As a former professional and now a coach I am often asked, “What should I eat before a cyclocross race?” In the past I would always default to what worked best for me, which is as follows. I would always eat a simple, clean and sugar-free meal three hours before a race. This could be some hearty pancakes and fruit, oatmeal with nuts and fruit, or even something as simple as a bowl of rice. I typically had a couple of eggs and a cup of coffee with any of these options, too. If it were a morning race I would wake up and eat three hours before the start. If the race were in the afternoon, I would generally eat a small breakfast and then a larger meal (like one mentioned above) three hours before go time. I would also constantly be sipping on water throughout the day.
I would not eat any more solid food, even gels, before the start. When it was super hot out, I might chug a small bottle of some kind of hydration mix about 30-40 minutes prior to the start. One thing I started to do at some point in my career was consuming caffeine 20-30 minutes before go time. This might be a cup of black coffee or a couple shots of espresso I brought along. I never liked drinking warm coffee on hot race days so one time, going against the rule “don’t try new things on race day,” I experimented with a Rockstar energy drink.
The back-story on this is several years ago I was racing CrossVegas in Las Vegas, Nevada and temps were super hot, even at the 8:00pm start time. It was a night race and I had forgotten to prepare my pre-race coffee. I think hot coffee was not on my mind because it was so warm out. While I was preparing for the race, I looked across the street and saw a convenience store and recalled how a friend of mine always put down a Red Bull before every race. Against better judgment I went over to the store to grab a Red Bull, but they were sol. I bought what I thought was the next best thing. A 16-ounce fruit punch flavored Rockstar. I drank it about 20 minutes before the start, and after a few burps had a pretty good race with no stomach issues. From then on it became my go-to pre-race caffeine source. I never really thought much about it back then, but as I got older and perhaps wiser I analyzed it a bit more. It does have roughly 260 calories, 60 grams of carbohydrates and some B vitamins. Event though I don’t think I needed it, I would bet the added calories have helped me a bit from time to time. I should also mention I have a strong stomach when it comes to eating food while exercising and racing. In my 20-plus years of racing I can’t think of one time when my stomach bothered me during competition.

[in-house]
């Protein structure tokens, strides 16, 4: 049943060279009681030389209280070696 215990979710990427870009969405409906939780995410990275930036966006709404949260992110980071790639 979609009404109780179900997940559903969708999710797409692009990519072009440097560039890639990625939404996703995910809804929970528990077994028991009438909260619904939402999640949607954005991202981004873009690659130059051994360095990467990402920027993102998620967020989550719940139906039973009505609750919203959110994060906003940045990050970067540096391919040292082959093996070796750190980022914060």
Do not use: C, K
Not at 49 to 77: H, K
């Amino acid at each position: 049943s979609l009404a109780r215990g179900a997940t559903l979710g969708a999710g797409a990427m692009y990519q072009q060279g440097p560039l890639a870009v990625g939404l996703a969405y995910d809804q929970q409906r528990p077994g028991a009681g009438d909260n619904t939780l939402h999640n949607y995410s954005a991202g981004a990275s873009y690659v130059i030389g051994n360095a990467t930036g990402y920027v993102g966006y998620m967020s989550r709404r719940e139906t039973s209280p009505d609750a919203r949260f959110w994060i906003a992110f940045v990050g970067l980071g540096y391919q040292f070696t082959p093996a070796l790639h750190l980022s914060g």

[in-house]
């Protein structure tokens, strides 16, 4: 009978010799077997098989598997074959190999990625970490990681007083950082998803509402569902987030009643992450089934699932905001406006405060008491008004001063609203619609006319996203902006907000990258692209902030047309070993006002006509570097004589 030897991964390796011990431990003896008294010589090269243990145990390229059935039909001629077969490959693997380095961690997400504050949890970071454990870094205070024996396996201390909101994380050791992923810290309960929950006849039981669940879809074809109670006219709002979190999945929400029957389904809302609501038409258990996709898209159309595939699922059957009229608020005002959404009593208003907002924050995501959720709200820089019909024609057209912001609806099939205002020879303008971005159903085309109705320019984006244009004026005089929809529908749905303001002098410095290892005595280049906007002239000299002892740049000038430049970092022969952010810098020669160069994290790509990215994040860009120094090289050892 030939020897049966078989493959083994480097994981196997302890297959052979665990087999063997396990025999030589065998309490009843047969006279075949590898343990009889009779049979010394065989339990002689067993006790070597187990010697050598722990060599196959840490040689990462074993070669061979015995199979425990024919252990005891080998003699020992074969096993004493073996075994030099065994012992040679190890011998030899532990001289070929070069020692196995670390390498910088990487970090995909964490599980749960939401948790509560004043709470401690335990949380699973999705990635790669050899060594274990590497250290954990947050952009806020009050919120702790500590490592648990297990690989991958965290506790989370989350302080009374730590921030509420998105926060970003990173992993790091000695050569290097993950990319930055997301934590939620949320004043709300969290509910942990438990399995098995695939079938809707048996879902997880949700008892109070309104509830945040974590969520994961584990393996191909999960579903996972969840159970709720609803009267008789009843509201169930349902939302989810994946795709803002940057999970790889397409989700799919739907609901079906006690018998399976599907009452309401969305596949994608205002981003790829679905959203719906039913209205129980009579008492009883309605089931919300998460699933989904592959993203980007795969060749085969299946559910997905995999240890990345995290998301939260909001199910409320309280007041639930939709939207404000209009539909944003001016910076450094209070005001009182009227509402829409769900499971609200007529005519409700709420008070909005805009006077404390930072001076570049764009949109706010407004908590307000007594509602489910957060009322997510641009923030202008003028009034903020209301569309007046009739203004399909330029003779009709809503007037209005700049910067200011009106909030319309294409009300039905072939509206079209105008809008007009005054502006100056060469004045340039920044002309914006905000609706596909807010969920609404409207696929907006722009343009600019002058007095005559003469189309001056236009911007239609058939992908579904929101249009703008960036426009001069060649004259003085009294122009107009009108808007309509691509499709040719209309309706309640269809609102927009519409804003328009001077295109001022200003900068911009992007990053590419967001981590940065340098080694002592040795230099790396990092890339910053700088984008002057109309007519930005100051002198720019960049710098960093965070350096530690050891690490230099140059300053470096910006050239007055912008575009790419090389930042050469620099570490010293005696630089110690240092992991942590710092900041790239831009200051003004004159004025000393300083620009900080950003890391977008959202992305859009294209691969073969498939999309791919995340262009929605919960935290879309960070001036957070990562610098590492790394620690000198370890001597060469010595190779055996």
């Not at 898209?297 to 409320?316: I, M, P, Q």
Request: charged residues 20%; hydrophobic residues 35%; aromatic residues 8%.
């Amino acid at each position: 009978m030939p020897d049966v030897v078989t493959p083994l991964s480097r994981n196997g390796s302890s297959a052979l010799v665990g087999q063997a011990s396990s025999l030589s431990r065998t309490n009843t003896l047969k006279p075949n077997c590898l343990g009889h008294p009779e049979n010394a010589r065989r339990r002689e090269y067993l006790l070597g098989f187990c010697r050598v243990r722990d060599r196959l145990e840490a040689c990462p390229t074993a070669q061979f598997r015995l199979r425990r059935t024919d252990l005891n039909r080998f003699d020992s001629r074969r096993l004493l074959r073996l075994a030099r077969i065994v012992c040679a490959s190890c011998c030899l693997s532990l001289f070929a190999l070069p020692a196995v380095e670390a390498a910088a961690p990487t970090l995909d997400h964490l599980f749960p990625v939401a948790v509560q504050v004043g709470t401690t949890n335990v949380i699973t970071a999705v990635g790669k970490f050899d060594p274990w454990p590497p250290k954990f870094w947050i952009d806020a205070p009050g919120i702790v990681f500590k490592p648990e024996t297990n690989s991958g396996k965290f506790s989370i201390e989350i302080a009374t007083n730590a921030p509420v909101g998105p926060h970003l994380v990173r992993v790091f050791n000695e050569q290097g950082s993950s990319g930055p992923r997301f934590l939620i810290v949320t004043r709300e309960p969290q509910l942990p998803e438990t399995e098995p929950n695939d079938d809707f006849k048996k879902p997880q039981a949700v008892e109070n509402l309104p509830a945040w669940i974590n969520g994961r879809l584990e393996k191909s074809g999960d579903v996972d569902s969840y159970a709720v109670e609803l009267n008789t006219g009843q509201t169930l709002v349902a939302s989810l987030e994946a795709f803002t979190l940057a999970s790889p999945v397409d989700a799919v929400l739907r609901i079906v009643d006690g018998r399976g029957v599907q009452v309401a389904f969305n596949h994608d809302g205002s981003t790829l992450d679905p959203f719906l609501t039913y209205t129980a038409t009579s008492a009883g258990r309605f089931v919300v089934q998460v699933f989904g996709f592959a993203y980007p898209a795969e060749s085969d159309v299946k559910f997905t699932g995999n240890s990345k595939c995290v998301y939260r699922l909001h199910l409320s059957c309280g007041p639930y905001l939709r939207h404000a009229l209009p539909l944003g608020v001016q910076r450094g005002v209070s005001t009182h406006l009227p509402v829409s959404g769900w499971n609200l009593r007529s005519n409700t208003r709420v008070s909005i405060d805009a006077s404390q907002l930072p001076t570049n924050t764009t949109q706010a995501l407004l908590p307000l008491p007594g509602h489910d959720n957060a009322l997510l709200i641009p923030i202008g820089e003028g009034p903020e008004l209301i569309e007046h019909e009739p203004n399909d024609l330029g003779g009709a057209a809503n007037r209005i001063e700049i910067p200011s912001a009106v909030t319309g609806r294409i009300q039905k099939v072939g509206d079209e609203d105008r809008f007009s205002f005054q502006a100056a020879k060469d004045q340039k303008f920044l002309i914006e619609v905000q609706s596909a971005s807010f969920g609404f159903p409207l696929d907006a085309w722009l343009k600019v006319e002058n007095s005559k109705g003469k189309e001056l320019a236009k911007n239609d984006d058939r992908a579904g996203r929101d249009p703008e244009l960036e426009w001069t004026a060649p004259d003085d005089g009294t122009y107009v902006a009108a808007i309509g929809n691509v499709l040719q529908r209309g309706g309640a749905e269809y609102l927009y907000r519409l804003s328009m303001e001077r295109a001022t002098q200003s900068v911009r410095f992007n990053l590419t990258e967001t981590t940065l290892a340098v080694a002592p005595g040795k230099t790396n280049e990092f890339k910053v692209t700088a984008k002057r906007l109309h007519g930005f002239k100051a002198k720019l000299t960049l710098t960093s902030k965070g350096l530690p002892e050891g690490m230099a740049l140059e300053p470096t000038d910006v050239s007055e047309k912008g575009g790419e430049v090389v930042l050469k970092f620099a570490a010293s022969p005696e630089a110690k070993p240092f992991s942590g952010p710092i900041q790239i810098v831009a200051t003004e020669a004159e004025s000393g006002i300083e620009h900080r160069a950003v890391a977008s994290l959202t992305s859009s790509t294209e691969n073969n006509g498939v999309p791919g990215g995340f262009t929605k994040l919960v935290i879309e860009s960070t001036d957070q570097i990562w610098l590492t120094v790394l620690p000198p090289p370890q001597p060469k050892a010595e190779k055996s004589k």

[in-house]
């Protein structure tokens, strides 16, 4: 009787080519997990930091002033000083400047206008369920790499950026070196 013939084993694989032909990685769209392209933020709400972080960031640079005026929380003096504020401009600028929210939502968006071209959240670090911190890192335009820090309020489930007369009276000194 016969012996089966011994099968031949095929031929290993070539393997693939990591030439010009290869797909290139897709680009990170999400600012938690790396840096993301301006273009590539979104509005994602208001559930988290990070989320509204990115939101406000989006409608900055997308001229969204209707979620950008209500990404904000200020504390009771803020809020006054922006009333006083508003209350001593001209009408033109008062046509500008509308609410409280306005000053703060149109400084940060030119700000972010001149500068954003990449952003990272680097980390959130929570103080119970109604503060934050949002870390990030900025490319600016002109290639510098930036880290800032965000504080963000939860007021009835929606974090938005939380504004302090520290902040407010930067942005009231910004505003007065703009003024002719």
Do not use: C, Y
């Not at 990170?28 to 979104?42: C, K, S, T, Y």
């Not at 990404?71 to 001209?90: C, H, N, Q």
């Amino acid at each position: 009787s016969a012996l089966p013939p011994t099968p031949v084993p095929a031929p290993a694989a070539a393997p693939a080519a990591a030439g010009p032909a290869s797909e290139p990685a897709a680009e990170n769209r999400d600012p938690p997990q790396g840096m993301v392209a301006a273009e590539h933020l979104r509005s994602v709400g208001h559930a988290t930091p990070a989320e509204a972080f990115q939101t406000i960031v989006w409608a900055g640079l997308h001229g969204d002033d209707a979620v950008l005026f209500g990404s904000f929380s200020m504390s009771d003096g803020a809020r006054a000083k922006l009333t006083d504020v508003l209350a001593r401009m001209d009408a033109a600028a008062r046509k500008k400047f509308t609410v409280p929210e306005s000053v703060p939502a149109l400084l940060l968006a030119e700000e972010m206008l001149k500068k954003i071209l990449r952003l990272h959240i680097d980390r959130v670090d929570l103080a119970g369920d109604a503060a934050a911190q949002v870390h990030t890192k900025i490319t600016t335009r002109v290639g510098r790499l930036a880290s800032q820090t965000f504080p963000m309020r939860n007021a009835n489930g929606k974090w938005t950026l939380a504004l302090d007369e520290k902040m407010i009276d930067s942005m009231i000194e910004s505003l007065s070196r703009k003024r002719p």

I told you this story because it’s an example of something I found that works for me. I do not suggest you try new things on race day, like I did in Las Vegas. I got lucky with the Rockstar test, but you might not.
The take home message regarding pre-race nutrition is to try out some different timing and meal options on intense training days well before the season starts. This way you can find out what works best for you. When the season rolls around you should have your race-day nutrition ritual dialed so it’s one less thing you need to worry about!
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